WASHINGTON - President Donald Trump was met with loud, sustained boos and chants of "Lock him up!" from fans at Nationals Park when he was shown on the in-stadium video screen after the third inning of Game 5.
The boos ended only after the video screen cut to a shot of U.S. service members waving to the crowd and then showed a message thanking the military. Trump is attending the game with five wounded veterans.
Then, as Nationals starter Joe Ross took the mound to warm up for the fourth inning, fans started chanting, "Lock him up!" in an apparent reference to ongoing impeachment proceedings against the president. Pro-Trump crowds have frequently chanted "Lock her up!" about Hillary Clinton at the president's campaign rallies.
The reaction was somewhat expected as Trump won just 4 percent of the vote from the District of Columbia in the 2016 Election.
Trump first mentioned his World Series plan to reporters in the Oval Office on Thursday. The president did not throw out the ceremonial first pitch, noting that he would have to wear a bulletproof vest while attending the game.
"They're going to have to dress me up in a lot of heavy armor," Trump said. "I'll look too heavy. I don't like that."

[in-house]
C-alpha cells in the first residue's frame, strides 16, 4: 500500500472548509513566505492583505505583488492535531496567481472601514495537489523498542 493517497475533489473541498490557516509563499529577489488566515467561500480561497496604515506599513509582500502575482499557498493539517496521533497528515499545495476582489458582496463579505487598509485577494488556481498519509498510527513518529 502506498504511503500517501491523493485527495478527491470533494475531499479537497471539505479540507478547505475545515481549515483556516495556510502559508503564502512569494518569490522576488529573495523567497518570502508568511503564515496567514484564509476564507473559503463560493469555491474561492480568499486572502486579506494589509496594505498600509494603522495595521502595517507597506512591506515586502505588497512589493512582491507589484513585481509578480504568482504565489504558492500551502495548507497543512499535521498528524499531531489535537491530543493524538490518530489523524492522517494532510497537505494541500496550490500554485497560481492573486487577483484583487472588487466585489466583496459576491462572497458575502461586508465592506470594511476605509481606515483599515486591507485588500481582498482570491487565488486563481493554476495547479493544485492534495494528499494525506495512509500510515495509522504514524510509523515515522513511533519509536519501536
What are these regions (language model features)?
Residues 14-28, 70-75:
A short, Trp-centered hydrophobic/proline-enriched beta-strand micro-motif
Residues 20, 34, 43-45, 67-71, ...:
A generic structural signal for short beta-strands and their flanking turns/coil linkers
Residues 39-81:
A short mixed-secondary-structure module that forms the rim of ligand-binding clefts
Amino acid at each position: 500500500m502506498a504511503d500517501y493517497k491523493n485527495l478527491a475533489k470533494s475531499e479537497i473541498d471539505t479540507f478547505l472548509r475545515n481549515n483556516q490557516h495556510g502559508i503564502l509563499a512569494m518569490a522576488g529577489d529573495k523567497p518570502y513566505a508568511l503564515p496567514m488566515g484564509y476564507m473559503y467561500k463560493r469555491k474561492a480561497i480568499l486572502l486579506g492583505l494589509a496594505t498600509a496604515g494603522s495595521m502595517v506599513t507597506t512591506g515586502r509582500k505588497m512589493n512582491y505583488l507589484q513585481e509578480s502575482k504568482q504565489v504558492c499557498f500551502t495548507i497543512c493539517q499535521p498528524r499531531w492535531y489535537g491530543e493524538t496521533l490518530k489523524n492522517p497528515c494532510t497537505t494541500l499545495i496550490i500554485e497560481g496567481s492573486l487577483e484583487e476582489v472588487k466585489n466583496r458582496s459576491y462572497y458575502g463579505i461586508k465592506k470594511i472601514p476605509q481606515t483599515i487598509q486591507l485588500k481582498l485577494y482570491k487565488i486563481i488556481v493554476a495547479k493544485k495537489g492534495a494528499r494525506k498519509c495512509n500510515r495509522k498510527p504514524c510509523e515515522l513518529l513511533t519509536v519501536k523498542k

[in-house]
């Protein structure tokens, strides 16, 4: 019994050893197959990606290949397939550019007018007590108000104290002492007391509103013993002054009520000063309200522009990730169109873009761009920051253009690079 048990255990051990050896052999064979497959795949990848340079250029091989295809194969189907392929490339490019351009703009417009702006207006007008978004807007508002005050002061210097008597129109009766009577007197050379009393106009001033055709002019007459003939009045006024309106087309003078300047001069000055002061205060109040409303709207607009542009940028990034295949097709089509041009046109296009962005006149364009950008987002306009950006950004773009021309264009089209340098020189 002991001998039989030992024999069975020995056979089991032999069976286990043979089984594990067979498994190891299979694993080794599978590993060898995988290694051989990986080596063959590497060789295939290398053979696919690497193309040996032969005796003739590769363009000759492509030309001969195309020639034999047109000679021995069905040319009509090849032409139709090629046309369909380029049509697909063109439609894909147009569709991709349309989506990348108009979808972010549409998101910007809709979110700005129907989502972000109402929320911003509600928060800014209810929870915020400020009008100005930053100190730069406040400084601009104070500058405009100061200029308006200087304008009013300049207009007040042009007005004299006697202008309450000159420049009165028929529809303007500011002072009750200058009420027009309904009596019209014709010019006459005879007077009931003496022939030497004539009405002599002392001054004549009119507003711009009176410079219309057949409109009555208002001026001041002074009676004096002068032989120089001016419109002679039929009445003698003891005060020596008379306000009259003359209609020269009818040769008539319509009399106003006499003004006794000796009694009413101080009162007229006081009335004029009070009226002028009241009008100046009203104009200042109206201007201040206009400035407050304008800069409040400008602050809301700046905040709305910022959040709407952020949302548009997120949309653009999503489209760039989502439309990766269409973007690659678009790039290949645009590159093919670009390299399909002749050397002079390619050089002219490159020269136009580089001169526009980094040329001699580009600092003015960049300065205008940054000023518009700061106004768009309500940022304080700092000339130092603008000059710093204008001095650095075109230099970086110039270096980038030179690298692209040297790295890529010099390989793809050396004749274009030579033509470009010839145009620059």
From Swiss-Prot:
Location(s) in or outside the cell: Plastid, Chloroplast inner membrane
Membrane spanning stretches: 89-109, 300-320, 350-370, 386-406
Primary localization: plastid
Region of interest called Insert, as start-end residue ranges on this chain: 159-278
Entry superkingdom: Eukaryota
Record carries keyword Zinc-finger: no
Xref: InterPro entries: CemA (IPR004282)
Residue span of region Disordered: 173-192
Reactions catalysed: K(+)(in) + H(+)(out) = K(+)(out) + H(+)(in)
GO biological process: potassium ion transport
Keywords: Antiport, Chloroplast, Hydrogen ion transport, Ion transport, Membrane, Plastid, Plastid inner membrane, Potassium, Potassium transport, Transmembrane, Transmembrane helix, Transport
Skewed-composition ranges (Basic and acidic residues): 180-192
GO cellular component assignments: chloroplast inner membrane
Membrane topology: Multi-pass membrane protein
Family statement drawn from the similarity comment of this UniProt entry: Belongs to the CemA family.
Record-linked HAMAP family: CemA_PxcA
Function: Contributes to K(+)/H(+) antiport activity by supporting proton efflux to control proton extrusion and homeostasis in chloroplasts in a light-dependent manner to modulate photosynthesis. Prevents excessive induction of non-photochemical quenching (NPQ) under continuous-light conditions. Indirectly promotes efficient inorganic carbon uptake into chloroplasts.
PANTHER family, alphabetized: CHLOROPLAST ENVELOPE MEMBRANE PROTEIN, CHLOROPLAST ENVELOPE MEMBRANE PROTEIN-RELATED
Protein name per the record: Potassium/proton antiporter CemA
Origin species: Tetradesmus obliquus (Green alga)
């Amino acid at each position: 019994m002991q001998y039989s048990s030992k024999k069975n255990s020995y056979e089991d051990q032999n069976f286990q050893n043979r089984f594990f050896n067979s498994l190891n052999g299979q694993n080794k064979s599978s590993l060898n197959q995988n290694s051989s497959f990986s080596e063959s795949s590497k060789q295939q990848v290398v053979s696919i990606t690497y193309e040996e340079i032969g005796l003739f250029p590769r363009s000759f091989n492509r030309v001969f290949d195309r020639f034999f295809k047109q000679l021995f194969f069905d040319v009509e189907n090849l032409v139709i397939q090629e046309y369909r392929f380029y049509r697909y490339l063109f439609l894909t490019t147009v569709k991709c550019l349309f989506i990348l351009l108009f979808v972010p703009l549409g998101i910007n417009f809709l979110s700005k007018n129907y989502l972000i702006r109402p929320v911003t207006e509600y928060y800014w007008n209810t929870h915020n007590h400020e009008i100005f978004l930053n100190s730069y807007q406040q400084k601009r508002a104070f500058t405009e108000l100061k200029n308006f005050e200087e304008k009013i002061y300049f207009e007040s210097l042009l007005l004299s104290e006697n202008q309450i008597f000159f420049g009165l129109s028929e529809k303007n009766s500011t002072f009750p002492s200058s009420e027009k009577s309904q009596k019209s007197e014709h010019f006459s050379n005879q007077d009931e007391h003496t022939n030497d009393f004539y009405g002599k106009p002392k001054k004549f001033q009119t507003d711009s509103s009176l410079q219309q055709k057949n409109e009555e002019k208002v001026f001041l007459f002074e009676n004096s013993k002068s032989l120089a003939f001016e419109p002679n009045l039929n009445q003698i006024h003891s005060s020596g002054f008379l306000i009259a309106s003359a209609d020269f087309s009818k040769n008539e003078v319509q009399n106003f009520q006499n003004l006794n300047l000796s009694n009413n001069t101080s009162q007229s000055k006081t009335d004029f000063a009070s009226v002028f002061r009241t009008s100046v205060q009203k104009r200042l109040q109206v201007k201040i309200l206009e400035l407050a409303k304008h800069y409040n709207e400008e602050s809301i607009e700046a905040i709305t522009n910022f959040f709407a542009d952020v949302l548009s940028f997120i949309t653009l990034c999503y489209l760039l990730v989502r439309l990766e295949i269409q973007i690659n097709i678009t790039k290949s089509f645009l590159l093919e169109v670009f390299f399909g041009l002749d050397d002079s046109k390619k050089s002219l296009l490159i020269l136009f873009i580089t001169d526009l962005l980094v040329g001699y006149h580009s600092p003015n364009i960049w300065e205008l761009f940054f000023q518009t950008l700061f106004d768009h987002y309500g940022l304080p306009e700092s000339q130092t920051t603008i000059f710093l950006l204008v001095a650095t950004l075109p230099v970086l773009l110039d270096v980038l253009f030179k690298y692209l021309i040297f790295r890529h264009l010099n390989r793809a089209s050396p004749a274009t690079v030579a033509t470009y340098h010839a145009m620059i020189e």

Presidential attendance at baseball games is a rich tradition woven into the fabric of American society. Whether Republican or Democrat, liberal or conservative, presidents have historically attended baseball games throughout the last century of the United States.
Franklin D. Roosevelt's limousine drove onto the field ahead of the 1933 World Series, the last time the nation's capital hosted the Fall Classic. Congressional hearings on the stock market collapse were postponed so senators could attend the game.
Harry S. Truman tossed out a first pitch from the stands of a regular-season game in August 1945, just days after the end of World War II, giving Americans a sense that normalcy was returning after years of global conflict.
George W. Bush wore a bulletproof vest under his jacket when he threw a perfect strike from the Yankee Stadium mound during the 2001 World Series, not 10 miles from where the World Trade Center was attacked a month earlier.
Trump, who has yet to throw out a ceremonial first pitch since taking office, arrived after the Washington Nationals and Houston Astros were underway and plans to leave before the final out, in hopes of making his visit less disruptive to fans, according to Rob Manfred, Major League Baseball's commissioner.
While it was Trump's first time attending a major league game as president, he has deep ties to the sport. Trump is a longtime New York Yankees fan who was spotted regularly at games in the Bronx. He also played baseball in high school.
You can watch all the 2019 World Series action on your local FOX station. Check your local listings.